Commercially available formulations of tylvalosin and injectable tylosin were used, and the control product was used in accordance with the authorised directions for use at the highest approved dose rate for the condition. There is no clear explanation for the poor treatment success rate for pigs treated with tylosin in France. The isolates of M. hyopneumoniae tested were susceptible to tylosin at both sites and no protocol deviations were reported for administration of tylosin. The level of viral infection circulating within the barn may partially explain lack of efficacy, but it would be expected to have affected both groups equally. Altogether, field data supported a better clinical efficacy of tylvalosin administered in drinking water for 5 day than an injectable formulation of tylosin for 3 days for the treatment and metaphylaxis of EP.

The field data shows that disease progressed similarly in the first 2–3 days of the outbreak in untreated pigs and TVN. Animals developing clinical signs during the first days of the outbreak were almost certainly incubating the disease prior to or at start of medication. Therefore, the outcome of the intervention measured on completion of the full course of treatment is a useful parameter to evaluate metaphylaxis efficacy. The field studies show that once the drug is given sufficient time to exert its full effect, the disease continued to progress at a higher rate in the unmedicated pigs than those in TVN.

Conclusions

The studies presented have demonstrated that tylvalosin administered via drinking water at 10 mg/kg was safe and effective in the treatment and metaphylaxis of EP associated with M. hyopneumoniae with or without concurrent bacterial infections (notably P. multocida) both under controlled experimental conditions and those commonly encountered in the field.

Materials and methods

All studies were conducted in accordance with the principles of Good Clinical Practice (GCP) and followed a randomised, controlled, blinded, parallel study design [24].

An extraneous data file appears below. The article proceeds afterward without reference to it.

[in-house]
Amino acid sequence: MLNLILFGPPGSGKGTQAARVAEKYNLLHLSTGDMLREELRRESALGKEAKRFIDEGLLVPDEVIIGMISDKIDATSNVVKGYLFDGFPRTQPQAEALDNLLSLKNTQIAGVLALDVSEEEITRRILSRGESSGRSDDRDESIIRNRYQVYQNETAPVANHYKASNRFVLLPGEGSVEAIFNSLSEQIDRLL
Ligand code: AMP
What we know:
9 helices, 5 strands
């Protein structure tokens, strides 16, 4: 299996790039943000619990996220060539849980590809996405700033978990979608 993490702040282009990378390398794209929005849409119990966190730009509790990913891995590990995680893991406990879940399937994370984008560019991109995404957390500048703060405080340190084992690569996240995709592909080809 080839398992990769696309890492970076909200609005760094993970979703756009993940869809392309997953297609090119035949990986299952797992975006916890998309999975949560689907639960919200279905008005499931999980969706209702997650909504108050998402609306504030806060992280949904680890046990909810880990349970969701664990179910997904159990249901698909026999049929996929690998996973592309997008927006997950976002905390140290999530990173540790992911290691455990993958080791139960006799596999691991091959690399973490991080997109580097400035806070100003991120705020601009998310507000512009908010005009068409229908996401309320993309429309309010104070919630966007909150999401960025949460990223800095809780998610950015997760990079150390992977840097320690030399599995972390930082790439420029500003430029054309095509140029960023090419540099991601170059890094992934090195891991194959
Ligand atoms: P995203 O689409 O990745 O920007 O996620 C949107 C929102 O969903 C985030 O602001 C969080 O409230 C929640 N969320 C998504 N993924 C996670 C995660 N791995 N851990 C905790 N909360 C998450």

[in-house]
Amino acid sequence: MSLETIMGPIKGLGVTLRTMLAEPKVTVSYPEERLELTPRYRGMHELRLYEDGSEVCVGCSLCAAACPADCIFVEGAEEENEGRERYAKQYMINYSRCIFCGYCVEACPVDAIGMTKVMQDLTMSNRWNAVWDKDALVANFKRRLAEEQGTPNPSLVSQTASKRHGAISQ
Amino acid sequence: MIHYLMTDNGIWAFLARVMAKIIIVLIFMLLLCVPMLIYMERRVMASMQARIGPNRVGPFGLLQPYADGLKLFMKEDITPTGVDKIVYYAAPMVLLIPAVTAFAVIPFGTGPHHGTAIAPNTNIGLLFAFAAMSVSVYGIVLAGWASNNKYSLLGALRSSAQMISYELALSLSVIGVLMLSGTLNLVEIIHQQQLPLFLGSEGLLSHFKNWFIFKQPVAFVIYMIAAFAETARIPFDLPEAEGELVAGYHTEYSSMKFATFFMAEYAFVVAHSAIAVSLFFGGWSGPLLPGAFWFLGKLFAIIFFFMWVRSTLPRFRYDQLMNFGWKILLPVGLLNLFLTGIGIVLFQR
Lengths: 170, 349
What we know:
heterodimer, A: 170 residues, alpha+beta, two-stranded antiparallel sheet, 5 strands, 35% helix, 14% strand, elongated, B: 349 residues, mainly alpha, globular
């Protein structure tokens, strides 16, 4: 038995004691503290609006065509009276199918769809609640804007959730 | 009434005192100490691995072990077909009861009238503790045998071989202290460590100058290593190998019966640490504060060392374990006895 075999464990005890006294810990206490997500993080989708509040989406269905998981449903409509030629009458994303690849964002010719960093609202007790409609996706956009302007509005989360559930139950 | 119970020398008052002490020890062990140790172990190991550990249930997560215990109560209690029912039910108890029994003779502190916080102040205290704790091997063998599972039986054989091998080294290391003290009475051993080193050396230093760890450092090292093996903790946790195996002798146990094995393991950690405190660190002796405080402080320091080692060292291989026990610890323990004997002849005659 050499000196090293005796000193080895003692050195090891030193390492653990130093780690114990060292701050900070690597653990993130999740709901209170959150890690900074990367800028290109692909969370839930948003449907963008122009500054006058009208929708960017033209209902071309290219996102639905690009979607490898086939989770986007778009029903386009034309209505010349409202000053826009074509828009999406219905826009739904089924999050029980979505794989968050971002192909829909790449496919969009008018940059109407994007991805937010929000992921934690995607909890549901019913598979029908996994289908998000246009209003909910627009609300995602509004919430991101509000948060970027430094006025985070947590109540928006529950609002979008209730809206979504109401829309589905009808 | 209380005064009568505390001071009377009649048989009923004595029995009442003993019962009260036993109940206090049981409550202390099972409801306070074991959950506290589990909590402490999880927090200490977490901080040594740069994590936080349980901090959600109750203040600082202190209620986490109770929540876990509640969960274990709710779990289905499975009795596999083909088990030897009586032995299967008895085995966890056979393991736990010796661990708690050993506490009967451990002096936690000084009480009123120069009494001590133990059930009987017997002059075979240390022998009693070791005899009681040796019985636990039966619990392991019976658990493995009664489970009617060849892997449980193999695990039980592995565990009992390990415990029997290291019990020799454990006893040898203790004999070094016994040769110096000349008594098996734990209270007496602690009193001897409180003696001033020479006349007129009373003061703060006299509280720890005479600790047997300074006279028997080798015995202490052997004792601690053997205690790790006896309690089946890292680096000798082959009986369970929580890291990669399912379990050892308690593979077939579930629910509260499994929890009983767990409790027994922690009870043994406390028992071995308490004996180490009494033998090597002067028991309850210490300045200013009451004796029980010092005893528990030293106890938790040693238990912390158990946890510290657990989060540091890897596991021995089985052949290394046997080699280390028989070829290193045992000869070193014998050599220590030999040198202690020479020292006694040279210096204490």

All studies were masked by person. Personnel assessing efficacy variables were masked as to treatment allocation, and this masking was maintained throughout; personnel involved in administering the medications were unmasked and did not participate in any efficacy observations.

For all studies, pigs in the TVN group received tylvalosin administered via the drinking water at the nominal daily dose rate of 10 mg/kg bodyweight for five consecutive days. In the field studies, clinically affected pigs in the TYL group received tylosin (Pharmasin®, Huvepharma NV) administered intramuscularly (IM) at 10 mg/kg for three consecutive days. Animals that were treatment failures in the field or that relapsed after completion of the course of treatment received a single IM injection of tulathromycin (Draxxin® 100, Zoetis) at 2.5 mg/kg as a rescue therapy.

Animal husbandry & housing

In the series of two challenge studies, commercial Landrace/Large White/Duroc pigs (aged 3–5 weeks old) were confirmed negative for M. hyopneumoniae antibodies by enzyme linked immuno-sorbent assay (ELISA) testing prior to challenge. In the Mhyop-only challenge study, a subsample of 36 randomly selected pigs (~ 17%) were also tested for M. hyopneumoniae by PCR on nasal swabs and all samples were negative. Enrolled animals had no clinical signs of other respiratory, enteric or systemic disease. Pigs were housed in multiple separate pens in semi-containment accommodation sharing the same airspace. In the Mhyop-only challenge study, each treatment group consisted of 102 pigs housed in 17 pens with 6 pigs each. In the Mhyop+Pm study, there were 11 pens with four pigs each in each treatment group (n = 44 pigs per group). The accommodations were cleaned and thoroughly disinfected prior to introduction of the piglets. The accommodations had artificial lighting and ventilation and were maintained at an appropriate temperature using wall fan heaters and additional heat lamps if required. Animals were fed a suitable commercially available antibiotic-free pig feed twice daily at an appropriate rate for animals of this age. Water was provided ad libitum.